By 1884, Cassatt purchased a chateau, Mesnil-Beaufresne, in the French countryside, which would become her retreat from the bustling Parisian art world in the later years of her life. Similar to the fate of her fellow Impressionist, Claude Monet, Cassatt’s eyesight deteriorated, as she grew older. In 1914, she was diagnosed as having cataracts in both eyes. After several failed surgeries, she went blind. For a woman who relied so much on her own independence and as an artist who relied on studies from nature, the loss of her eyesight was a devastating blow. She died on June 14, 1926 at her chateau. In the five years following her death, memorial exhibitions were held in both France and the United States.

II. AN ANALYSIS OF THE ARTIST'S WORK

Transgressing restrictions of a women’s place in society, Cassatt is heralded today as one of the most important Impressionist artists of the 19th century. She is difficult to place into a specific national school as she is vied over by both American and French cultures.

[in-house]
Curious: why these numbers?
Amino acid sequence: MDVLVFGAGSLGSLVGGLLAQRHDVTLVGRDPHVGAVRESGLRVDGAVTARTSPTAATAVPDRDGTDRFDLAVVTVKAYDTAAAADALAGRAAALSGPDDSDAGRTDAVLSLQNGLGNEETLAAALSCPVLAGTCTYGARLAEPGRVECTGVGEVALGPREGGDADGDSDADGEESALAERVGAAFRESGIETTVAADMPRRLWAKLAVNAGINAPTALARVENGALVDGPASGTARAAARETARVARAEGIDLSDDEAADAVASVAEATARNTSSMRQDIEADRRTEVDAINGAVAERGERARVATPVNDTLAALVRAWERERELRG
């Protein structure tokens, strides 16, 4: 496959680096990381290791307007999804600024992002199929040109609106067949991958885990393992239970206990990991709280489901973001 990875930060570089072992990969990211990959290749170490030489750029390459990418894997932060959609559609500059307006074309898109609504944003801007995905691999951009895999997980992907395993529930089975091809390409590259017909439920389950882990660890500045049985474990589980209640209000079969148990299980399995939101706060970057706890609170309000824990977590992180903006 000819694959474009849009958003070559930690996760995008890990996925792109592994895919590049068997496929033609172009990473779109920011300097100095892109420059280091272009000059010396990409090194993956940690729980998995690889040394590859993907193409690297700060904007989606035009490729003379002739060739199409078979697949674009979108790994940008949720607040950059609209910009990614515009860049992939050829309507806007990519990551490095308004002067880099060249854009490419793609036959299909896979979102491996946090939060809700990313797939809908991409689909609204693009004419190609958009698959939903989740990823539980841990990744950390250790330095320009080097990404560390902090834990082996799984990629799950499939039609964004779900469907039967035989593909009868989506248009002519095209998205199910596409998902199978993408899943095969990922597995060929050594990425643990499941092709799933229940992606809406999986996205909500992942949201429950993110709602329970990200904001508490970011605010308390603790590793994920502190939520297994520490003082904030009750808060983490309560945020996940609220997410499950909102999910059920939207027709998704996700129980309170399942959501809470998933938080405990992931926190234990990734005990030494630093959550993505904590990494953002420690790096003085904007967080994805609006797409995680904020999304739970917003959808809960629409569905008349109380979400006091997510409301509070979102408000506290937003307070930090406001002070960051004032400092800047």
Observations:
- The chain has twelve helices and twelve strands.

To the dismay of many art historians, Cassatt burned the majority of her early paintings in 1906. Her enrollment in the Antique Class at the PAFA suggests that she was a proficient draftsman. However, the limited availability of local models and works by the Old Masters proved Philadelphia to be an unfruitful environment for the young artist. She yearned for the challenges and adventures Europe had to offer.

Unwilling to submit to the gender boundaries of society, Cassatt pleaded with her father to allow her to travel to Europe. For several years her father appeared to reject her request, even reportedly stating that he “would almost rather see you [his daughter] dead” than have her become an artist in Paris. Travel to Europe elicited parental fears for their daughter’s moral reputation. Ultimately, the compassionate nature of Robert Cassatt allowed him to change his decision, permitting his youngest daughter to travel to Europe, but only if she went with her mother and several friends of the family.